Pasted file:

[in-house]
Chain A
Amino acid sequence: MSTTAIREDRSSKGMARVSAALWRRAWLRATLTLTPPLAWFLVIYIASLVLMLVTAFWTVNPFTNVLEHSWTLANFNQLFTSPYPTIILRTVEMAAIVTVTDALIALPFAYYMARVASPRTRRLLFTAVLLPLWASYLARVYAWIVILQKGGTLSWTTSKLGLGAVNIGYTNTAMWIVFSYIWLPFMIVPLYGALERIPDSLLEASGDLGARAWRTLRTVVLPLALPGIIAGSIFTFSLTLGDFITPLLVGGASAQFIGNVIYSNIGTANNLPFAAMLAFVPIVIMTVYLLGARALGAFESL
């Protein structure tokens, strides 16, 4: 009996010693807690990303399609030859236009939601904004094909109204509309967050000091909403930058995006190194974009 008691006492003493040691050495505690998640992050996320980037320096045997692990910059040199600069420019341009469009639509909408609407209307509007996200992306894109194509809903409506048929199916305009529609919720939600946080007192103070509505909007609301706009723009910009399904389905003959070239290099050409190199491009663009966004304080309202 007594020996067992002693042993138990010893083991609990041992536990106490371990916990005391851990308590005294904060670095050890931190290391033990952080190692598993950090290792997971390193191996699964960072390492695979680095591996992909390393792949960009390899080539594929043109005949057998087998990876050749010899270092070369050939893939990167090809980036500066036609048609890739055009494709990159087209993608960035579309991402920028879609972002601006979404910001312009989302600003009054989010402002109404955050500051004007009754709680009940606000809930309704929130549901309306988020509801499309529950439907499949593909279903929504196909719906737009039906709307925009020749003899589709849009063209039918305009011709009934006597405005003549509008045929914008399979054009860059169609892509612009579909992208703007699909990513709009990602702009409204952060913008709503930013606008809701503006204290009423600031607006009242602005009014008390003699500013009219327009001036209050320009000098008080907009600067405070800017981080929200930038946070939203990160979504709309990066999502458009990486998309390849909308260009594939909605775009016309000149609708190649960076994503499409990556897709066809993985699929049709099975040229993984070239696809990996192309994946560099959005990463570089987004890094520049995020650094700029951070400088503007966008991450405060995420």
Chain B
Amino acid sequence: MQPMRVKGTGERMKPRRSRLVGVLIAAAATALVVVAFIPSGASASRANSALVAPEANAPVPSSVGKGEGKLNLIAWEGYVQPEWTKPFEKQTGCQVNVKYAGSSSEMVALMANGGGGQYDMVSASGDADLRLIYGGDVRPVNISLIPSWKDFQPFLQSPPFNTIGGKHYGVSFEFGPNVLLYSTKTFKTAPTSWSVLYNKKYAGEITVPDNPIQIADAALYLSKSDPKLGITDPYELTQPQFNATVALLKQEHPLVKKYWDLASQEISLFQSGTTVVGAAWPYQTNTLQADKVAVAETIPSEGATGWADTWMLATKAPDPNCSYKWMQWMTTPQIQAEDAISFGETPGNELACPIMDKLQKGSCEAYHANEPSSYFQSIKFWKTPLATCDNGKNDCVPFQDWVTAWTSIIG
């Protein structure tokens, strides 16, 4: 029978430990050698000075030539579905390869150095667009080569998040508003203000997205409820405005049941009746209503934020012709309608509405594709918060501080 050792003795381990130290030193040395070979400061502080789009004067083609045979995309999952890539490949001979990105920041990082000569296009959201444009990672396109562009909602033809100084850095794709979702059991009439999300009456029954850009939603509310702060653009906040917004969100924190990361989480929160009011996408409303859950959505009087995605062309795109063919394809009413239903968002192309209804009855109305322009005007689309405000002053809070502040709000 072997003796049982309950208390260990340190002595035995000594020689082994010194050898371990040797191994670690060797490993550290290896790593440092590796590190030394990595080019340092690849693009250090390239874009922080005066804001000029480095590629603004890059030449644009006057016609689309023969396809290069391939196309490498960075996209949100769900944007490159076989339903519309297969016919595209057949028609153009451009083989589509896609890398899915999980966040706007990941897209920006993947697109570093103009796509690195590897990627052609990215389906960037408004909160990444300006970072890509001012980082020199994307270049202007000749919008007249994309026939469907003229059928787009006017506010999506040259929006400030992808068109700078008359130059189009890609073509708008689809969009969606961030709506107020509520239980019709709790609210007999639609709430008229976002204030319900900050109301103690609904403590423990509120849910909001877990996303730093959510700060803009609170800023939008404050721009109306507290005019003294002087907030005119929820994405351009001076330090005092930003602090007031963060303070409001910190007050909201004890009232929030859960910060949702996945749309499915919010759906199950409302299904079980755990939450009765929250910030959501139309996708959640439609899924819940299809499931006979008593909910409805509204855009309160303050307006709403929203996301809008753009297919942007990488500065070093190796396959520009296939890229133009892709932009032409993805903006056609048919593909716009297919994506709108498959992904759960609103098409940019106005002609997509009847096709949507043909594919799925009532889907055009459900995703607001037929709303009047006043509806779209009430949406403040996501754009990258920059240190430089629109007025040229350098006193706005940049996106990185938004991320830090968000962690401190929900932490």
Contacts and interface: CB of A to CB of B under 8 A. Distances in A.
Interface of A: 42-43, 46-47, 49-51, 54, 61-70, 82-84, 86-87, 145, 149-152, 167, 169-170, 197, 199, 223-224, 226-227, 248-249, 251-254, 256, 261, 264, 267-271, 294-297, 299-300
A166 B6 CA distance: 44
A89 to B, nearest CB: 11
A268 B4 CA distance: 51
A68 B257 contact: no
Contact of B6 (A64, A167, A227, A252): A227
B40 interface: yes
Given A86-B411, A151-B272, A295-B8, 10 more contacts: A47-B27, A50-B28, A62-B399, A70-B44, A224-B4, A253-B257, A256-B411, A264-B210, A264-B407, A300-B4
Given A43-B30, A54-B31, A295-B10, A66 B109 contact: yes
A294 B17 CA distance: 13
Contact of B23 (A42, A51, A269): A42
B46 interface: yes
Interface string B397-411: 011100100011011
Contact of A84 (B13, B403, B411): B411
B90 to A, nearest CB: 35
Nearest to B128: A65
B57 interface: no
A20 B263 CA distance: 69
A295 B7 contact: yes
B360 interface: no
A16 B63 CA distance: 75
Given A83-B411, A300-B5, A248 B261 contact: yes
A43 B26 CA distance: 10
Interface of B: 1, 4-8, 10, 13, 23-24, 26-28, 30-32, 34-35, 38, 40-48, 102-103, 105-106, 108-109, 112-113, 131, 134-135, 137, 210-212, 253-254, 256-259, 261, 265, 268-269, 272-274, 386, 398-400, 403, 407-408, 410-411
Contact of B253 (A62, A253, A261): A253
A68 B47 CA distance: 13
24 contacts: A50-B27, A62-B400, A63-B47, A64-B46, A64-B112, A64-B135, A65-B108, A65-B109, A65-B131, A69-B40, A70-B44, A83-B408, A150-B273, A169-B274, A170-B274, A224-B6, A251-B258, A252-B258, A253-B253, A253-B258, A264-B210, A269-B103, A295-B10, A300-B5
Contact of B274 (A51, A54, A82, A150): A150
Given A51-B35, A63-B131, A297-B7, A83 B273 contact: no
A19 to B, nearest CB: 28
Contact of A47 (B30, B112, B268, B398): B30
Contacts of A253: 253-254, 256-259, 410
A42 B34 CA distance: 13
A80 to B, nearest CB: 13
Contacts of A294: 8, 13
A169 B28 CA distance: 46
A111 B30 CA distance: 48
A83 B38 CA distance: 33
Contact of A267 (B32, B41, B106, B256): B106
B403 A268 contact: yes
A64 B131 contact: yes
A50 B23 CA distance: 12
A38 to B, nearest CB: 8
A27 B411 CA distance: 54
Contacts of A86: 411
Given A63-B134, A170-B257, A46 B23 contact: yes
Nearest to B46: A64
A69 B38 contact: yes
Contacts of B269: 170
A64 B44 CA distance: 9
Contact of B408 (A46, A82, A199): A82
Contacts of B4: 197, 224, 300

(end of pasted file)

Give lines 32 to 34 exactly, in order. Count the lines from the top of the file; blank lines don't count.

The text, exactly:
Interface of B: 1, 4-8, 10, 13, 23-24, 26-28, 30-32, 34-35, 38, 40-48, 102-103, 105-106, 108-109, 112-113, 131, 134-135, 137, 210-212, 253-254, 256-259, 261, 265, 268-269, 272-274, 386, 398-400, 403, 407-408, 410-411
Contact of B253 (A62, A253, A261): A253
A68 B47 CA distance: 13